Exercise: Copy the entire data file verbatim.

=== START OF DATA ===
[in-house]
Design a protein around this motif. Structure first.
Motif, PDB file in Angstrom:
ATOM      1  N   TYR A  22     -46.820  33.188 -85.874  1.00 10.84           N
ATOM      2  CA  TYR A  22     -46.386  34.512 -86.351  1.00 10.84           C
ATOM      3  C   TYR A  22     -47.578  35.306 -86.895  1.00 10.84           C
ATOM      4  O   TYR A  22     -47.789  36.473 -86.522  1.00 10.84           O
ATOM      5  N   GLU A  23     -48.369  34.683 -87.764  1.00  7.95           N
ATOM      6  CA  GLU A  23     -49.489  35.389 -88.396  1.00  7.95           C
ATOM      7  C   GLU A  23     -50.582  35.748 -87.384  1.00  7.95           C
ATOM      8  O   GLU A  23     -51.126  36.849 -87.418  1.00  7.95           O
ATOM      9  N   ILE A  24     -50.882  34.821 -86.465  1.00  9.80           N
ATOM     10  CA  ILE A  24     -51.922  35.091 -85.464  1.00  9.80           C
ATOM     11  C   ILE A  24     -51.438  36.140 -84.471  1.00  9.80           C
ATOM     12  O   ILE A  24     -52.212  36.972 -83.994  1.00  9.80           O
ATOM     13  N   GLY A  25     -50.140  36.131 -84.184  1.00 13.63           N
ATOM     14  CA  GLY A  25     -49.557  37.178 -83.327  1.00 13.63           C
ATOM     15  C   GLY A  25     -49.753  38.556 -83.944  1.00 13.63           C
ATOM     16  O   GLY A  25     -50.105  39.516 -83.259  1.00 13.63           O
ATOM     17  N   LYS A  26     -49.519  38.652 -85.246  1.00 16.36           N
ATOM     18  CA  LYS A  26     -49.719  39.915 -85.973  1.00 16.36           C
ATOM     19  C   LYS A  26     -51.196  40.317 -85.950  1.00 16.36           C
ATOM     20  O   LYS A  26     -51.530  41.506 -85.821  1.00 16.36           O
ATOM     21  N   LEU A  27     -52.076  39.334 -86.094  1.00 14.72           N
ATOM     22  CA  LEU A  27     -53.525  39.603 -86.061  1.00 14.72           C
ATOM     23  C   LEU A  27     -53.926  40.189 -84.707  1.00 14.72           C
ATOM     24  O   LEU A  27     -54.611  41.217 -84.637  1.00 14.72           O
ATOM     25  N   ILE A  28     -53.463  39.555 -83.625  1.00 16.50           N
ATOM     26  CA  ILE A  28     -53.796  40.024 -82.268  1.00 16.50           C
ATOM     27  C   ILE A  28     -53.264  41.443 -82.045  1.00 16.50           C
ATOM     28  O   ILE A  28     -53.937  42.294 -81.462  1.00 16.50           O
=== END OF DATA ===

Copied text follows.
[in-house]
Design a protein around this motif. Structure first.
Motif, PDB file in Angstrom:
ATOM      1  N   TYR A  22     -46.820  33.188 -85.874  1.00 10.84           N
ATOM      2  CA  TYR A  22     -46.386  34.512 -86.351  1.00 10.84           C
ATOM      3  C   TYR A  22     -47.578  35.306 -86.895  1.00 10.84           C
ATOM      4  O   TYR A  22     -47.789  36.473 -86.522  1.00 10.84           O
ATOM      5  N   GLU A  23     -48.369  34.683 -87.764  1.00  7.95           N
ATOM      6  CA  GLU A  23     -49.489  35.389 -88.396  1.00  7.95           C
ATOM      7  C   GLU A  23     -50.582  35.748 -87.384  1.00  7.95           C
ATOM      8  O   GLU A  23     -51.126  36.849 -87.418  1.00  7.95           O
ATOM      9  N   ILE A  24     -50.882  34.821 -86.465  1.00  9.80           N
ATOM     10  CA  ILE A  24     -51.922  35.091 -85.464  1.00  9.80           C
ATOM     11  C   ILE A  24     -51.438  36.140 -84.471  1.00  9.80           C
ATOM     12  O   ILE A  24     -52.212  36.972 -83.994  1.00  9.80           O
ATOM     13  N   GLY A  25     -50.140  36.131 -84.184  1.00 13.63           N
ATOM     14  CA  GLY A  25     -49.557  37.178 -83.327  1.00 13.63           C
ATOM     15  C   GLY A  25     -49.753  38.556 -83.944  1.00 13.63           C
ATOM     16  O   GLY A  25     -50.105  39.516 -83.259  1.00 13.63           O
ATOM     17  N   LYS A  26     -49.519  38.652 -85.246  1.00 16.36           N
ATOM     18  CA  LYS A  26     -49.719  39.915 -85.973  1.00 16.36           C
ATOM     19  C   LYS A  26     -51.196  40.317 -85.950  1.00 16.36           C
ATOM     20  O   LYS A  26     -51.530  41.506 -85.821  1.00 16.36           O
ATOM     21  N   LEU A  27     -52.076  39.334 -86.094  1.00 14.72           N
ATOM     22  CA  LEU A  27     -53.525  39.603 -86.061  1.00 14.72           C
ATOM     23  C   LEU A  27     -53.926  40.189 -84.707  1.00 14.72           C
ATOM     24  O   LEU A  27     -54.611  41.217 -84.637  1.00 14.72           O
ATOM     25  N   ILE A  28     -53.463  39.555 -83.625  1.00 16.50           N
ATOM     26  CA  ILE A  28     -53.796  40.024 -82.268  1.00 16.50           C
ATOM     27  C   ILE A  28     -53.264  41.443 -82.045  1.00 16.50           C
ATOM     28  O   ILE A  28     -53.937  42.294 -81.462  1.00 16.50           O